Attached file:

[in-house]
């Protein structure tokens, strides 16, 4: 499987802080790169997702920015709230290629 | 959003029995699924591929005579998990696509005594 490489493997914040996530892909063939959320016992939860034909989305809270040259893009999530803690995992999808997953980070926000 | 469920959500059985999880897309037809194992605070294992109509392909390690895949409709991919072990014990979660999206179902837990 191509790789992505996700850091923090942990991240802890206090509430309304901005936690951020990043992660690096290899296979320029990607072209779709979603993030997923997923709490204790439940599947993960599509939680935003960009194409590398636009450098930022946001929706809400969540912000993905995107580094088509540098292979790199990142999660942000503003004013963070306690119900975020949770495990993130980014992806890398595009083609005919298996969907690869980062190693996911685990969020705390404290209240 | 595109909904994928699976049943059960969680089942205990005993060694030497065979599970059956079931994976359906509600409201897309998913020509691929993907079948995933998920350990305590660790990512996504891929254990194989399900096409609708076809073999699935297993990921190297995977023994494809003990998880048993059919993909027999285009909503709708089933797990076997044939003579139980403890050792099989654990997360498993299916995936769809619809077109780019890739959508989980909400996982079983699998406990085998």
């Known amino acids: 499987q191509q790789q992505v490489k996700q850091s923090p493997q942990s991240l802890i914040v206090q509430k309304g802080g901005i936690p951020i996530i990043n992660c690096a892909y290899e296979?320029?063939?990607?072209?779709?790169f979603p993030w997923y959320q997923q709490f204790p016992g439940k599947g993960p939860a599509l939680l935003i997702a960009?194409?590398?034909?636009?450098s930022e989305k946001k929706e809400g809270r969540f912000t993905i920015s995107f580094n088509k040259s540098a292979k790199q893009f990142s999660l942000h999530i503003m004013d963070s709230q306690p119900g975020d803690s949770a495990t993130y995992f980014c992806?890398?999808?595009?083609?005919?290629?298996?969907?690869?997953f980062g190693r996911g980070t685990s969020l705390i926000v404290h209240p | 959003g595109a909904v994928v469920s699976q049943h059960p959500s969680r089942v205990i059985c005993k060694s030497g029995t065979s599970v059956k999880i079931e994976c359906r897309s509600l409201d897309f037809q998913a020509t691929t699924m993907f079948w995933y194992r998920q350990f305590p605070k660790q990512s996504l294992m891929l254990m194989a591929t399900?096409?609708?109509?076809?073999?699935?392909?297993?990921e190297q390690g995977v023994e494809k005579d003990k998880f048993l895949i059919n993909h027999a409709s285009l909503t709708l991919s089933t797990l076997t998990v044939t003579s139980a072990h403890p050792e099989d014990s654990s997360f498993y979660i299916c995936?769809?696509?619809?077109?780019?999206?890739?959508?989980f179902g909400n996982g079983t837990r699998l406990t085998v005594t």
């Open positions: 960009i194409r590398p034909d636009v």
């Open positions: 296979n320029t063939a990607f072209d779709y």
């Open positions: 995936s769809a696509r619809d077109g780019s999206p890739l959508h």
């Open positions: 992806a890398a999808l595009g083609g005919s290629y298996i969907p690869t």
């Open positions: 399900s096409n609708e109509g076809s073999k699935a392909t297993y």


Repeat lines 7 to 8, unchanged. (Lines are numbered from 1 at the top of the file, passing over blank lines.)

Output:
């Open positions: 992806a890398a999808l595009g083609g005919s290629y298996i969907p690869t």
């Open positions: 399900s096409n609708e109509g076809s073999k699935a392909t297993y």